Described by some as a real life Tony Stark, Elon Musk is the billionaire behind some of the more outlandish projects in the news. Yet, through his laser focus and drive he gets the job done.
And one of the ways he balances his 7-day-a-week schedule is through his unique style of meetings.
1. Leave if it’s not important
Time is of the essence when you’re trying to launch a space shuttle, build batteries that can power homes, create a superfast train and much more. So, if you’re in a meeting and you realise you’re not getting what you though from it you need to leave.
For Musk, this isn’t a suggestion – it’s a must. He sees people wasting time in pointless meetings as a bigger sin than being rude by walking out of the meeting.
2. Remove redundancies
To keep the meetings focussed and to the point, Elon removes any redundancies.
If one person can get the information across, then only one person is needed. If it’s something he’s heard before, he’ll tell you to move on. There’s strictly no repeating of material and no going back over things. Musk is like a shark, moving forward constantly.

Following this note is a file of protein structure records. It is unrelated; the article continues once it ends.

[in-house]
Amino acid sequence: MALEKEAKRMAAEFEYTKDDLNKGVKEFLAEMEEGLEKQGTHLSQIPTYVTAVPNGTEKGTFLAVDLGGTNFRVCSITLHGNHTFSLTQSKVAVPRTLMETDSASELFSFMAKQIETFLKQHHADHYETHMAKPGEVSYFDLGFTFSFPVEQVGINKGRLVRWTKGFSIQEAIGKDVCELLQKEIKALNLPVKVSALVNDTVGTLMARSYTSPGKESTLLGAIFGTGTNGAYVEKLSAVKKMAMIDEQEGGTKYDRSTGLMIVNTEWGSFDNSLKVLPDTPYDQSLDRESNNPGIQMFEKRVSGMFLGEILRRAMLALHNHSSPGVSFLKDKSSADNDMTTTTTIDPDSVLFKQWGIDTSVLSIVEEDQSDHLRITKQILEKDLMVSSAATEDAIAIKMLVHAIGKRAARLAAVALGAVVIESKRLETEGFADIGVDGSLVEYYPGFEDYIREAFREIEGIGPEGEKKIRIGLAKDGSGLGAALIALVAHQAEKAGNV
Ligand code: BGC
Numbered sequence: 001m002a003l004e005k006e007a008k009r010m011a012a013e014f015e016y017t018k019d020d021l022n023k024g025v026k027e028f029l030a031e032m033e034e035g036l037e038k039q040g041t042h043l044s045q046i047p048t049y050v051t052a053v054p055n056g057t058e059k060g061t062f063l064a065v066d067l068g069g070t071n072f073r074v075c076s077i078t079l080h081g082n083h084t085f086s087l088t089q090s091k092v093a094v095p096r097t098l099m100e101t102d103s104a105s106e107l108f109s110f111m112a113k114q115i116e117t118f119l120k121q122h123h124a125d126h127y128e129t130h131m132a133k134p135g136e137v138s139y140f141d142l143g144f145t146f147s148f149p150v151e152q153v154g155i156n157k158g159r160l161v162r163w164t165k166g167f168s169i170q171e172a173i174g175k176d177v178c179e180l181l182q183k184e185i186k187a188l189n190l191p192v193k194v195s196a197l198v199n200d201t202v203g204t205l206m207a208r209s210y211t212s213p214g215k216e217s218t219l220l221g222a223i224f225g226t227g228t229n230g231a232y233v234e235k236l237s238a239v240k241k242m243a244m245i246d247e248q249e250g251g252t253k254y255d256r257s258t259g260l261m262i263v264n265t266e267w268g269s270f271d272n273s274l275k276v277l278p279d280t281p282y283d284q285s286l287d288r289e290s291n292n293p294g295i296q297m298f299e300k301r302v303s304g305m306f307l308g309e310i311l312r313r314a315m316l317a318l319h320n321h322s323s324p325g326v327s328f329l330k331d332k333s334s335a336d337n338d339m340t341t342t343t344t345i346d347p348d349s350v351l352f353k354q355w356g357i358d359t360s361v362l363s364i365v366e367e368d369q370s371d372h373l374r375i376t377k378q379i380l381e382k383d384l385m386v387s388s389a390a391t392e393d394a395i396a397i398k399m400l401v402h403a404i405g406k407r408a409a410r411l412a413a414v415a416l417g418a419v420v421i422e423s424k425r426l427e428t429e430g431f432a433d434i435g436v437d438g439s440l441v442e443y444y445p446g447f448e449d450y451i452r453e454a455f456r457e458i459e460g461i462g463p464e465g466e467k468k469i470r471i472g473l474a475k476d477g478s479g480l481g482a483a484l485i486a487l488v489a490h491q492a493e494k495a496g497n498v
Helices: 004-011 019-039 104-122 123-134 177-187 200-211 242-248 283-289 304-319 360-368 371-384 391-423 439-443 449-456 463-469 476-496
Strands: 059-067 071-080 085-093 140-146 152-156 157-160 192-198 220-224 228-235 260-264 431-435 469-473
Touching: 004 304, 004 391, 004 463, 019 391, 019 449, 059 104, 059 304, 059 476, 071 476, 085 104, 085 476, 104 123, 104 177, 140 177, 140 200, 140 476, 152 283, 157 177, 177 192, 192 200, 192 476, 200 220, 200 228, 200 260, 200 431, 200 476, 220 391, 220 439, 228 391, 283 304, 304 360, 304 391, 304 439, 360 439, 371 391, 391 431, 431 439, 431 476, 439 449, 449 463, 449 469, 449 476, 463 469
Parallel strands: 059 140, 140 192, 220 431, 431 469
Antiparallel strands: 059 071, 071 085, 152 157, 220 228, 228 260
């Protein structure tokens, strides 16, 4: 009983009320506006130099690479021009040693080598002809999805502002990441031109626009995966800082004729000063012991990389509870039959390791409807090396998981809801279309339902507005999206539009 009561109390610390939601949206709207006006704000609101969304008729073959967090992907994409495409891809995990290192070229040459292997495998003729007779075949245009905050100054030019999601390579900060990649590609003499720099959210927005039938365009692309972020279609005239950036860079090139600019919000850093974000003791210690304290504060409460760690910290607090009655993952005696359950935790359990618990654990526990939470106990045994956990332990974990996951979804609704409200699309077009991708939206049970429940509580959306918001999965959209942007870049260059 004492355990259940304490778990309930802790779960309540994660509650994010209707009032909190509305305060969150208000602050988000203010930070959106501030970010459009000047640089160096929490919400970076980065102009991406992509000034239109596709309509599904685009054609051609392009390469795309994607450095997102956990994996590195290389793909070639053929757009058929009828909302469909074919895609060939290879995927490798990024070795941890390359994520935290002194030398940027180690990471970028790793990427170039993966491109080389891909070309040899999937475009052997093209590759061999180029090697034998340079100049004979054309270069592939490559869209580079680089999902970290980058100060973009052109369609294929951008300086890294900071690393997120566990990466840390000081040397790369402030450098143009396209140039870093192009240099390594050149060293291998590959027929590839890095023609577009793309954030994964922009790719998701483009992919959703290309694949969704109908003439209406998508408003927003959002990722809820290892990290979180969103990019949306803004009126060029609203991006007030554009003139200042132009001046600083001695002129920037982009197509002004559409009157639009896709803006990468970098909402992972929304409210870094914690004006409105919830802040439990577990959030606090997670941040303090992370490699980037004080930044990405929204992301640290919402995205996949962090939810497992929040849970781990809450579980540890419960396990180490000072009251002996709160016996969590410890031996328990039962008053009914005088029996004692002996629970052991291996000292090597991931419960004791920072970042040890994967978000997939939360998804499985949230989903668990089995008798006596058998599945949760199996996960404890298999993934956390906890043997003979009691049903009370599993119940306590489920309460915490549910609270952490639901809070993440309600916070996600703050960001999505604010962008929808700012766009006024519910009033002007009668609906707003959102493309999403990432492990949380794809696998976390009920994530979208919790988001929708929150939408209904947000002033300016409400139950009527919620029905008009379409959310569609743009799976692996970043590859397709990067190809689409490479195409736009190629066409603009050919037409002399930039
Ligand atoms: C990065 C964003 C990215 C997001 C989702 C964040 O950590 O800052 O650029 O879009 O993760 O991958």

3. Go back to basics
If there’s a problem that you’re stuck on, go back to the initial problem or idea. Boil it down to the facts and work from there. Experience, history and everything else are redundant. Work from what you know to be true.
He calls this ‘first principles’. When he was building a rocket, instead of looking at what NASA had done or what science said was possible, he took each challenge apart and asked what needed to be done to make it work.
4. Don’t lie
Not only is being truthful polite, it also makes good business sense. If you come into a meeting with falsehoods you’re not doing anyone any favours, least of all yourself!
And with someone as on the ball as Musk as your boss, you’re going to be found out. If you don’t know the answer, say so.
5. Know your stuff
But most of all, you should know the answer. Be ready to answer questions instantly about every aspect of your department.
Musk will always know what’s going on in his vast empire of businesses, and the least he expects from you is that you know what’s happening in your smaller corner.
Posted by Julie Tucker